Last week, McCann-Erickson took advantage of the publicity
surrounding Bo Ronnberg, chairman of the Cannes judges, to announce the
launch of a new agency in Amsterdam. The new shop, which is fully owned
by McCanns, combines the resources of Ronnberg, the network’s leading
light in Sweden, with two more of Scandinavia’s top names in advertising
- Ami Hasan, who runs Hasan and Partners in Finland, and Peter
Gudmundseth from Norway’s JBR/McCann.
The big question is why? Why, when McCanns already has a strong Dutch
agency (in Amstelveen), is it opening another shop in Amsterdam? And
why, when its three big names are doing well for McCanns in their own
countries, are they being wheeled out for yet another enterprise?
The answer is that the new business will not compete with McCann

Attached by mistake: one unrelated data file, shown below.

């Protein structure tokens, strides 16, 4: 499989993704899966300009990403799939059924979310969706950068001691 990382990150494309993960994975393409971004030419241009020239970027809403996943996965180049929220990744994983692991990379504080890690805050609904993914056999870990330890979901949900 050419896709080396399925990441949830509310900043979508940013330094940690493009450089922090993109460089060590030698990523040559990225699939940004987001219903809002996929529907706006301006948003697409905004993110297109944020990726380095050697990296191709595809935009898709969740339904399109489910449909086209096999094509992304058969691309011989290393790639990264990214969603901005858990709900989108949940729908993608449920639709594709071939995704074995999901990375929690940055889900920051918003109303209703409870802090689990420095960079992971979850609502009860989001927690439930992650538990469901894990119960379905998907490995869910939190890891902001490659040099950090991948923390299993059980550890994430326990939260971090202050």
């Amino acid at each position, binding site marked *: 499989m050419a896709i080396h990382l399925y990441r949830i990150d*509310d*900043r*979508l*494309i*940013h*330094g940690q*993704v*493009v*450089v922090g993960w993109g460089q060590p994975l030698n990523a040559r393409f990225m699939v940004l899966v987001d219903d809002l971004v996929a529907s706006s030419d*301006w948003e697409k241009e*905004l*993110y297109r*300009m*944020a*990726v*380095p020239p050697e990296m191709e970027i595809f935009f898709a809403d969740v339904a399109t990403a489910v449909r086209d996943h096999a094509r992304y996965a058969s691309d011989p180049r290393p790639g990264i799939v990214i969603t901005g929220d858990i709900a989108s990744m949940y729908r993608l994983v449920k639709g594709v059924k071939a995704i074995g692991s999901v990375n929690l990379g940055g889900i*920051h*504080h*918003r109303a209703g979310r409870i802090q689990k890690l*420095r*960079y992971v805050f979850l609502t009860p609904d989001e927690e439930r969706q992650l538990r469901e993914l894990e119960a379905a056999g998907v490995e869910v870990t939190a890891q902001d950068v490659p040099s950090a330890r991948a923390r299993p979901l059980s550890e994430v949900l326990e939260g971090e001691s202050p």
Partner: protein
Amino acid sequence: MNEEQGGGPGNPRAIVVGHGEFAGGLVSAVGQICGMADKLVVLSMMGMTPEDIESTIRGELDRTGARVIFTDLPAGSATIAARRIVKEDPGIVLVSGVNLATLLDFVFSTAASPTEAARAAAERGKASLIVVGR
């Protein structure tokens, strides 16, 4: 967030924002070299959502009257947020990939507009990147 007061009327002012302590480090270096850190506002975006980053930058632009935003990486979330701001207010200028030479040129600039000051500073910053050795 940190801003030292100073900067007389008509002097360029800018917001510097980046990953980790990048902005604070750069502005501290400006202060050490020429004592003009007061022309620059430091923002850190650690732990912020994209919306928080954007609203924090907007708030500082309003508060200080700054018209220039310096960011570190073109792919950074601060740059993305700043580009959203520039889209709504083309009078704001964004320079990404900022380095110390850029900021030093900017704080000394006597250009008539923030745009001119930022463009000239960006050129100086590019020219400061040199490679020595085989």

Nederland or Lowe Kuiper and Schouten for local business. It is there
solely to take on Wieden and Kennedy and Bartle Bogle Hegarty for big
international accounts demanding creative advertising that crosses
Over the past few years, McCanns has grown in Scandinavia by acquiring
some of the most creative agencies around, notably those of Ronnberg,
Hasan and Gudmundseth. So the network now has some of its best creative
talent holed up in Scandinavia, rather than in the big European
How do you persuade a French company, say, to entrust its precious
pan-European campaign to an outpost of Siberia?
The answer is to establish a ’virtual’ agency in Amsterdam.
AD’AM-JBR/Ronnberg/Hasan, has only two full-time employees, its managing
director, Carsten Tobiassen, and a secretary.
But three of Scandinavia’s advertising gurus are also on tap as a brand
on their own within the McCanns network.
Ronnberg says that AD’AM’s first priority will be to woo large
Scandinavian brands such as Carlsberg, but admits that they are after
pan-European clients. ’Nike would be nice,’ he says.
And it is equally hard to present credible pan-European credentials to
giant Scandinavian companies like Lego and Electrolux if you are only
working from Scandinavia.